Congelier House is a monumental part of Pittsburgh’s haunted history.
The terrifying story of what has been called “The Most Haunted House in America” would make one very dark and horrifying movie. Some parts of the legend seem to be larger than life. Is Congelier House really filled with the tormented spirits of all those who tragically lost their lives within its walls?
There was once a house in Pittsburgh’s Manchester neighborhood on the Northside. It was known as the “House the Devil Built” and believed to be the most haunted house in the nation.
According to legend, a man by the name of Charles Congelier made a fortune in the south after the Civil War and made his way to Pittsburgh, Pennsylvania. He built a beautiful mansion in the 1860’s at 1129 Ridge Avenue. He lived in the house with his wife Lyda and their maid Essie. Charles and the maid were having a secret affair until his wife overheard what was happening in 1871. She collected a knife and meat clever and killed the two lovers. A friend of the Congeliers found Lyda days later in the home rocking in a chair while she hummed lullabies to the severed head of the maid.
The house remained uninhabited for about twenty years due to the horrific tales about the Congeliers. A railroad company purchased the home in 1892 and converted it into apartments for the rail workers. The workers complained of strange sounds and activity and refused to stay in the building. The house went back on the market.
Dr. Adolph C. Brunrichter purchased the home in 1900 upon his arrival in America. Dr. Brunrichter was a recluse and never left the home or socialized with the neighbors. He would have been forgotten entirely if it hadn’t been for the night of August 12, 1901 when the neighbors were startled by the sounds of a woman screaming, followed by an explosion of light from within the home. The police arrived and discovered the body of a woman missing her head. Dr. Brunrichter was nowhere to be found, but the police uncovered a strange laboratory with the severed heads of five more women. Notes found in the laboratory revealed that Dr. Brunrichter had been performing experiments on the heads to keep them alive after decapitation.
Dr. Brunrichter was never found, but in 1927 a man was arrested in New York claiming to be Adolph Brunrichter. The man was drunk and told police stories about his experiments in Pittsburgh, along with the locations of more bodies. Police searched the locations, but were unable to find any bodies. The man was imprisoned and referred to as the “Pittsburgh Spook Man” by the newspapers. He was later deemed harmless and released from prison. He was never heard from again.
Congelier House began to have a reputation for being inhabited by spirits and attracted those interested in psychic and supernatural phenomena. Medium Julia Murray and inventor Thomas Edison were both believed to have visited the home in the 1920’s. Murray was said to have detected a gruesome spirit that she believed had the potential to kill and the power to travel beyond the house. Edison had traveled to the house while working on a device that would allow him to communicate with the spirit world.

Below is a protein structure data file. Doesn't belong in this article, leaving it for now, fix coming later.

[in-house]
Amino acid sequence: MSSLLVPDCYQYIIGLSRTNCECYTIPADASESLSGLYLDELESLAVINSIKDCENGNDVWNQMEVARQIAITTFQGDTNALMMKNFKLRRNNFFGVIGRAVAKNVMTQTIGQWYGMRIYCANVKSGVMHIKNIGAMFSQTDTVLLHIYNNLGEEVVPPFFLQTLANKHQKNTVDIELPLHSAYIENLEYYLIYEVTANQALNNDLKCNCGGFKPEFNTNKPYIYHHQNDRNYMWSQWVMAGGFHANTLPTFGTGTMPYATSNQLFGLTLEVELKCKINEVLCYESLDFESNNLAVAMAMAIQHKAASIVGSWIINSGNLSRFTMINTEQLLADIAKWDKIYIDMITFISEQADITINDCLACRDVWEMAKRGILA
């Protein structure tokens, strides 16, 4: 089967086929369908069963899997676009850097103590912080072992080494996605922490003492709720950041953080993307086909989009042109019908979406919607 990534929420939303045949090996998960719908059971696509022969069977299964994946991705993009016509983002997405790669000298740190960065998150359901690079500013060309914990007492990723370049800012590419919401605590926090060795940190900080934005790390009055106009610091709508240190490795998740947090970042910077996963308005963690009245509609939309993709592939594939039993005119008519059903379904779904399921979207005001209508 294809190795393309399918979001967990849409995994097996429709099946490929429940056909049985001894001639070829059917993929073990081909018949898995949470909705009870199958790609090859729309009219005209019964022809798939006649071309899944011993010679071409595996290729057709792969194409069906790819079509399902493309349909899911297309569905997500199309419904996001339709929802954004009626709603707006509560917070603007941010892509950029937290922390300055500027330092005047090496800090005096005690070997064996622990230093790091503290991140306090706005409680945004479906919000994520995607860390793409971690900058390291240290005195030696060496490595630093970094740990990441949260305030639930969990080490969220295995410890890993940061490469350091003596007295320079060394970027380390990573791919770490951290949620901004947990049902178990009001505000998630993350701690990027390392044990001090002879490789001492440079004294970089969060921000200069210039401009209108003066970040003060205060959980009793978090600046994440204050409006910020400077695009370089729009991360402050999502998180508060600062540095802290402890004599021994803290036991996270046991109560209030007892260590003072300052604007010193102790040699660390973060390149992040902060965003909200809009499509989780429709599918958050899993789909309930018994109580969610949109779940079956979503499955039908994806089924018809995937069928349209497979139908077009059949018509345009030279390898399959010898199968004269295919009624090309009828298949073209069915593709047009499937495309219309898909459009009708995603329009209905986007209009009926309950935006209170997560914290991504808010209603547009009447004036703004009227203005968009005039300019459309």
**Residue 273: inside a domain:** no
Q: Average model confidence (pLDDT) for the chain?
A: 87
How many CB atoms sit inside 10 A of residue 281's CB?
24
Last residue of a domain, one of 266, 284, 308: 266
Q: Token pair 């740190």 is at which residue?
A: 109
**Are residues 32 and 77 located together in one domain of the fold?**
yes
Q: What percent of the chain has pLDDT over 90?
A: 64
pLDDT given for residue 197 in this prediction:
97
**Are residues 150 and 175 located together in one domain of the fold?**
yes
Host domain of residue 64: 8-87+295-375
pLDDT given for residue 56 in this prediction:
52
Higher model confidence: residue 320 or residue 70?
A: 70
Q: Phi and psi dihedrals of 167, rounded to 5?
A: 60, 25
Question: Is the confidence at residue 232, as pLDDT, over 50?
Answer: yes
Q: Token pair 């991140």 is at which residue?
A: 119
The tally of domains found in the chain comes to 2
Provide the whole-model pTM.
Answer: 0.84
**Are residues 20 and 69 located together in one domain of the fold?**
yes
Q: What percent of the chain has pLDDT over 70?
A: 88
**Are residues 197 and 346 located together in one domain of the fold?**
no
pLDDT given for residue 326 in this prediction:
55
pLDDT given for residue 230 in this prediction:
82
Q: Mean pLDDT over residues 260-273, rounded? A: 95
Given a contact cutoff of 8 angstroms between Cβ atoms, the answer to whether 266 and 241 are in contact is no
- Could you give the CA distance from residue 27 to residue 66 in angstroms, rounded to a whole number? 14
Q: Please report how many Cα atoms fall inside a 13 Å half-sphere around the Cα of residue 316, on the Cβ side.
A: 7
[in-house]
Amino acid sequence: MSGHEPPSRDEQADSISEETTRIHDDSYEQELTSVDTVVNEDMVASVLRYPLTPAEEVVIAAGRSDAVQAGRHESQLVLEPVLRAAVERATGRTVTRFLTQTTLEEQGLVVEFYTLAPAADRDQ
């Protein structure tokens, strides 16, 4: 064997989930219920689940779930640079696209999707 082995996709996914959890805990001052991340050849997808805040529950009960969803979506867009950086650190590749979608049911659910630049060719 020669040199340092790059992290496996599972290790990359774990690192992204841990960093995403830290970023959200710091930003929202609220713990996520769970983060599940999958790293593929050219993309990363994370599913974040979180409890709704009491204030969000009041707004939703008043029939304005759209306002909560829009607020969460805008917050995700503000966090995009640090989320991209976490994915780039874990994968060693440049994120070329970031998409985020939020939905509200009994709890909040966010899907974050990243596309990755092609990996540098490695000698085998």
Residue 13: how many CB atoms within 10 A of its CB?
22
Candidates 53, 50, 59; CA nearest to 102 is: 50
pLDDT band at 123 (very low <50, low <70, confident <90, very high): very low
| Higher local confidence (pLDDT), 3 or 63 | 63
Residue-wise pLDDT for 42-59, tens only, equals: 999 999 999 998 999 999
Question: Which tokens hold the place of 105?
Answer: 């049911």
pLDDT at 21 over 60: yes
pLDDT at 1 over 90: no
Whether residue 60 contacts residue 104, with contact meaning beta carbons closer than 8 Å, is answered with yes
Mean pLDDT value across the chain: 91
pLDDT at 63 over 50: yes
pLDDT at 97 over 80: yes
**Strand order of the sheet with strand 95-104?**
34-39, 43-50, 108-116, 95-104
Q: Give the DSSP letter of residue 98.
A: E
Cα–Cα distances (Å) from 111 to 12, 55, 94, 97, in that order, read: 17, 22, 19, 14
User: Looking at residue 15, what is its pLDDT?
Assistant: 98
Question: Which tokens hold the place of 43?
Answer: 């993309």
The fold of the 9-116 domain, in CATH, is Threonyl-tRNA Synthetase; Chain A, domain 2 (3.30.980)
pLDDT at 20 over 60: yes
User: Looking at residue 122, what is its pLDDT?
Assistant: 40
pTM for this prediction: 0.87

The house sat empty until the Equitable Gas Company purchased it. They converted the home again into apartments for their immigrant workers. The men living in the building heard demonic voices and discovered two of their fellow workers dead in the basement. It appeared as if the men had been murdered, but there was nowhere for a killer to escape. The other workers immediately moved out of the house.
The Equitable Gas Company itself remained in the neighborhood, but on November 14, 1927, workers were attempting to repair a leak atop a massive natural gas storage tank. A giant flame erupted from the tank and sent the container into the air. The eruption sent debris and human remains everywhere. More tanks began to explode, creating more large fireballs. The smoke and destruction were visible for miles. The damage reached as far as East Liberty. The house at 1129 Ridge Ave was only two blocks from the site of the explosion. The house itself was completely demolished, leaving only a large crater behind. Locals believed the house was transported back to hell.
Although the house is no longer standing, many believe the original location of the home to be a hotspot for spiritual activity. It is said that the spirits of the tortured souls have been spotted wandering the highway that was built on the location of the house.
The first recorded house built at 1129 Ridge Ave was in the late 1880’s. It was an average row house; typical of the working-class neighborhood it was located in. A mansion would have been quite unusual in Manchester and the industrial neighborhood would have been undesirable for anyone building one.
There is no record of a Charles Wright or Lyda Congelier. The home was never used as a dormitory for immigrant workers and there is no record of it being owned by a Dr. Adolph Brunrichter. Troy Taylor did some extensive research into the legends of the Congelier House. He could not find any evidence of Dr. Brunrichter’s existence and managed to debunk the legend as a whole through his research.
A Congelier family did live at 1129 Ridge Ave during the 1920’s. Marie Congelier was killed indirectly in the Equitable Gas Company blast in 1927. The windows of the home shattered and a shard of glass severed a main artery in her leg. Her family remained in the home until it was demolished to make room for the highway.
The Congelier Mansion story has fascinated people for many years and has since grown into a famous ghost story. The true origins of the legend may never be known, but this story has become an important part of Pittsburgh’s haunted history whether it’s true or not.
by Meg O’Malley